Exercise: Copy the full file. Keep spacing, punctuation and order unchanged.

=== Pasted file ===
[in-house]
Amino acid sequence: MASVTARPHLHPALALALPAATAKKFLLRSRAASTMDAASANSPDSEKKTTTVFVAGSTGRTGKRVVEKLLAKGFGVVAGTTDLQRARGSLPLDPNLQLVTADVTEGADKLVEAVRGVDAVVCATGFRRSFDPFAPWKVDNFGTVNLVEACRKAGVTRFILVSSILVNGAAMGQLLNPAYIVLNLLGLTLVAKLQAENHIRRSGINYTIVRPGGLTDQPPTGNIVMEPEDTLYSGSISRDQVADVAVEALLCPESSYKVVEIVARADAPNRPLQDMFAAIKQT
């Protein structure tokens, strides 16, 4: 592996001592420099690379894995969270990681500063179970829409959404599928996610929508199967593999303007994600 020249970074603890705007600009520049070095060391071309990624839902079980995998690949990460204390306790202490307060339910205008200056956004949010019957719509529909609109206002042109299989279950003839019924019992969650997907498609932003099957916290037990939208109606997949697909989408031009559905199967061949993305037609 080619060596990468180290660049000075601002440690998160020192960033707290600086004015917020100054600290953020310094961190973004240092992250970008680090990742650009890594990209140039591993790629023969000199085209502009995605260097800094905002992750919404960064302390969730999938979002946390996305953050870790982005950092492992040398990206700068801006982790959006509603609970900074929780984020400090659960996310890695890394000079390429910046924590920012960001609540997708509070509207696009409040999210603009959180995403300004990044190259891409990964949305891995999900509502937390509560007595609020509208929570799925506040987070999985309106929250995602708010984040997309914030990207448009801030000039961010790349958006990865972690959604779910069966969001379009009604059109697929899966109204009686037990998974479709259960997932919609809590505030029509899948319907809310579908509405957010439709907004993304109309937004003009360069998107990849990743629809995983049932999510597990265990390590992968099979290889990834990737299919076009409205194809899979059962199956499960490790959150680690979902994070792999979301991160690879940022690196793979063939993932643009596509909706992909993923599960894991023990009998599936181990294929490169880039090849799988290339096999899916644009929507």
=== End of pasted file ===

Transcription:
[in-house]
Amino acid sequence: MASVTARPHLHPALALALPAATAKKFLLRSRAASTMDAASANSPDSEKKTTTVFVAGSTGRTGKRVVEKLLAKGFGVVAGTTDLQRARGSLPLDPNLQLVTADVTEGADKLVEAVRGVDAVVCATGFRRSFDPFAPWKVDNFGTVNLVEACRKAGVTRFILVSSILVNGAAMGQLLNPAYIVLNLLGLTLVAKLQAENHIRRSGINYTIVRPGGLTDQPPTGNIVMEPEDTLYSGSISRDQVADVAVEALLCPESSYKVVEIVARADAPNRPLQDMFAAIKQT
């Protein structure tokens, strides 16, 4: 592996001592420099690379894995969270990681500063179970829409959404599928996610929508199967593999303007994600 020249970074603890705007600009520049070095060391071309990624839902079980995998690949990460204390306790202490307060339910205008200056956004949010019957719509529909609109206002042109299989279950003839019924019992969650997907498609932003099957916290037990939208109606997949697909989408031009559905199967061949993305037609 080619060596990468180290660049000075601002440690998160020192960033707290600086004015917020100054600290953020310094961190973004240092992250970008680090990742650009890594990209140039591993790629023969000199085209502009995605260097800094905002992750919404960064302390969730999938979002946390996305953050870790982005950092492992040398990206700068801006982790959006509603609970900074929780984020400090659960996310890695890394000079390429910046924590920012960001609540997708509070509207696009409040999210603009959180995403300004990044190259891409990964949305891995999900509502937390509560007595609020509208929570799925506040987070999985309106929250995602708010984040997309914030990207448009801030000039961010790349958006990865972690959604779910069966969001379009009604059109697929899966109204009686037990998974479709259960997932919609809590505030029509899948319907809310579908509405957010439709907004993304109309937004003009360069998107990849990743629809995983049932999510597990265990390590992968099979290889990834990737299919076009409205194809899979059962199956499960490790959150680690979902994070792999979301991160690879940022690196793979063939993932643009596509909706992909993923599960894991023990009998599936181990294929490169880039090849799988290339096999899916644009929507």